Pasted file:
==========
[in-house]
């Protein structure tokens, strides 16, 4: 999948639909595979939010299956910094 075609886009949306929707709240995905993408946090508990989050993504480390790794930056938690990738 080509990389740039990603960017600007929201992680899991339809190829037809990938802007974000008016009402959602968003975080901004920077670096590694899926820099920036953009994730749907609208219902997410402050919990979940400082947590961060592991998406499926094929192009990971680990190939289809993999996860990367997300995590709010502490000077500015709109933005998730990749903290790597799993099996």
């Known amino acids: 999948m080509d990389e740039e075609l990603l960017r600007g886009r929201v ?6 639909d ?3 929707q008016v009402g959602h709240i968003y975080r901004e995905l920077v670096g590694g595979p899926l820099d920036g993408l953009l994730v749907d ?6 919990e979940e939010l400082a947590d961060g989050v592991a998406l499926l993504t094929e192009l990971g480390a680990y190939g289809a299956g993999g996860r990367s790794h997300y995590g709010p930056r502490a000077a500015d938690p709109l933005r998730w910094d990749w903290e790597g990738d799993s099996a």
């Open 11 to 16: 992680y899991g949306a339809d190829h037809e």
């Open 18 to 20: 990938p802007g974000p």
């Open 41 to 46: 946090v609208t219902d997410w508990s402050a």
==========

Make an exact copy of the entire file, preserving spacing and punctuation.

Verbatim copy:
[in-house]
């Protein structure tokens, strides 16, 4: 999948639909595979939010299956910094 075609886009949306929707709240995905993408946090508990989050993504480390790794930056938690990738 080509990389740039990603960017600007929201992680899991339809190829037809990938802007974000008016009402959602968003975080901004920077670096590694899926820099920036953009994730749907609208219902997410402050919990979940400082947590961060592991998406499926094929192009990971680990190939289809993999996860990367997300995590709010502490000077500015709109933005998730990749903290790597799993099996």
């Known amino acids: 999948m080509d990389e740039e075609l990603l960017r600007g886009r929201v ?6 639909d ?3 929707q008016v009402g959602h709240i968003y975080r901004e995905l920077v670096g590694g595979p899926l820099d920036g993408l953009l994730v749907d ?6 919990e979940e939010l400082a947590d961060g989050v592991a998406l499926l993504t094929e192009l990971g480390a680990y190939g289809a299956g993999g996860r990367s790794h997300y995590g709010p930056r502490a000077a500015d938690p709109l933005r998730w910094d990749w903290e790597g990738d799993s099996a």
């Open 11 to 16: 992680y899991g949306a339809d190829h037809e």
């Open 18 to 20: 990938p802007g974000p």
């Open 41 to 46: 946090v609208t219902d997410w508990s402050a």